"Independent review committee" means a committee appointed or accessed by a provider to review and approve the clinical efficacy of the provider's behavioral treatment plans and associated data collection procedures. An independent review committee shall be composed of professionals with training and experience in
applied behavioral analysis and interventions who are not involved in the development of the plan or directly providing services to the individual.
12VAC35-115-105. Behavioral treatment plans.
A. A behavioral treatment plan is used to assist an individual to improve participation in normal activities and conditions of everyday living, reduce challenging behaviors, alleviate symptoms of psychopathology, and maintain a safe and orderly environment.
B. Providers may use individualized restrictions such as restraint or time out in a behavioral treatment plan to address challenging behaviors that present an immediate danger to the individual or others, but only after a licensed professional, or licensed behavior analyst has conducted a detailed and systematic assessment of the behavior and the situations in which the behavior occurs. Providers shall document in the individual's services record that the lack of success or probable success of less restrictive procedures attempted or considered, and the risks associated with not treating the behavior, are greater than any risks associated with the use of the proposed restrictions.
C. Providers shall develop any behavioral treatment plan according to their policies and procedures, which shall ensure that:
1. Behavioral treatment plans are initiated, developed, carried out, and monitored by professionals who are qualified by expertise, training, education, or credentials to do so;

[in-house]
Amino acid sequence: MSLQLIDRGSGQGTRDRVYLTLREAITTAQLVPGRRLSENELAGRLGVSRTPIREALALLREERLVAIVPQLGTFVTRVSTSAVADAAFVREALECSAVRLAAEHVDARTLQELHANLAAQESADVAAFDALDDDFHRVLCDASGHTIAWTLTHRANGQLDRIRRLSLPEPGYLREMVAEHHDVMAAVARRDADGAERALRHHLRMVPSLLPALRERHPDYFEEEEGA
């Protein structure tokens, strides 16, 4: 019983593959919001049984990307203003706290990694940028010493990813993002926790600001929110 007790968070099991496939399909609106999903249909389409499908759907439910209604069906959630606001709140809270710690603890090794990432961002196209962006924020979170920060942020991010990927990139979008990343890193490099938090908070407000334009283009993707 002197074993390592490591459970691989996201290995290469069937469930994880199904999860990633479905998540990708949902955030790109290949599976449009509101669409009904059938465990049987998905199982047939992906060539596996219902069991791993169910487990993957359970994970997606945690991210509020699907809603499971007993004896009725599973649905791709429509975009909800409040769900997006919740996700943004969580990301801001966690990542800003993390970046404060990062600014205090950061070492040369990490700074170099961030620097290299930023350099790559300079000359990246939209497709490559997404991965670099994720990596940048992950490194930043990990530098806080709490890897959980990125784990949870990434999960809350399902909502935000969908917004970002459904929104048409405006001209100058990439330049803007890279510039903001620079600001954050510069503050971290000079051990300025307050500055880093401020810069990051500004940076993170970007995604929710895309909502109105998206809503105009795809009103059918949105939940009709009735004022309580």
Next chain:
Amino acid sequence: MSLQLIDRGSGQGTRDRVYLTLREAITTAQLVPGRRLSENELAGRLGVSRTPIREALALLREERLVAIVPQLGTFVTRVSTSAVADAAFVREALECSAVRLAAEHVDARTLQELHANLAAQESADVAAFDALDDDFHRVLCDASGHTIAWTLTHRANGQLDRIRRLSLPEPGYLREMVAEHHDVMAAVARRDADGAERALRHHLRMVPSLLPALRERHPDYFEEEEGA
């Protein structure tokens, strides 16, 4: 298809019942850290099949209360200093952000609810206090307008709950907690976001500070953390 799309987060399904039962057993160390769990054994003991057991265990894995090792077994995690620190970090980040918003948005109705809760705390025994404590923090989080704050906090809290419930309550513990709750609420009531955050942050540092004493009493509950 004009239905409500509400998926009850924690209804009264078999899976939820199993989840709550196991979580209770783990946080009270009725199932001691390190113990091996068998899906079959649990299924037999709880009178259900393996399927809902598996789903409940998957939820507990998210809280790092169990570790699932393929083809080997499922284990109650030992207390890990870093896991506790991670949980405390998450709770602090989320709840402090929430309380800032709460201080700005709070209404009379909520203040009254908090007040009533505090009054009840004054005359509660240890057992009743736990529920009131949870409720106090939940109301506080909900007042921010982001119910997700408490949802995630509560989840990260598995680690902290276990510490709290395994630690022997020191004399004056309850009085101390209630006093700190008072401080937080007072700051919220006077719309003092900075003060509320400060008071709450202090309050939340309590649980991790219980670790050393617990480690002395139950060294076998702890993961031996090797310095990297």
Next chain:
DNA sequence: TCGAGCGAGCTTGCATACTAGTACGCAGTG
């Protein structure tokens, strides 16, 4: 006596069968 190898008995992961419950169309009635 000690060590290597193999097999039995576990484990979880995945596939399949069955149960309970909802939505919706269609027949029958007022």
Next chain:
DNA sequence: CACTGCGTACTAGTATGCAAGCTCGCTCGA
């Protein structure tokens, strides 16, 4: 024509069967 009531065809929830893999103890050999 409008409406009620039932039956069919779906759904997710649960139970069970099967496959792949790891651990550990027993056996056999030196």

2. Behavioral treatment plans include nonrestrictive procedures and environmental modifications that address the targeted behavior; and
3. Behavioral treatment plans involving the use of restraint or timeout are submitted to an independent review committee, prior to implementation, for review and approval of the technical adequacy of the plan and data collection procedures.
D. In addition to any other requirements of 42 CFR 483.440(f)(3), providers that are intermediate care facilities for individuals with intellectual disabilities shall submit any behavioral treatment plan that involves the use of restraint or time out, and its independent review committee approval, to the SCC under 42 CFR 483.440(f)(3) for the SCC's approval prior to implementation.
E. Providers other than intermediate care facilities for individuals with intellectual disabilities shall submit any behavioral treatment plan that involves the use of restraint or time out, and its independent review committee approval, to the LHRC, which shall determine whether the plan is in accordance with this chapter prior to implementation.
F. If either the LHRC or SCC finds that the behavioral treatment plan violates the rights of the individual or is not being implemented in accordance with this chapter, the LHRC or SCC shall notify the director and provide recommendations regarding the proposed plan.
G. Behavioral treatment plans involving the use of restraint or time out shall be reviewed quarterly by the independent review committee and the LHRC or SCC to determine if the use of restraint has resulted in improvements in functioning of the individual.
H. Providers shall not use seclusion in a behavioral treatment plan.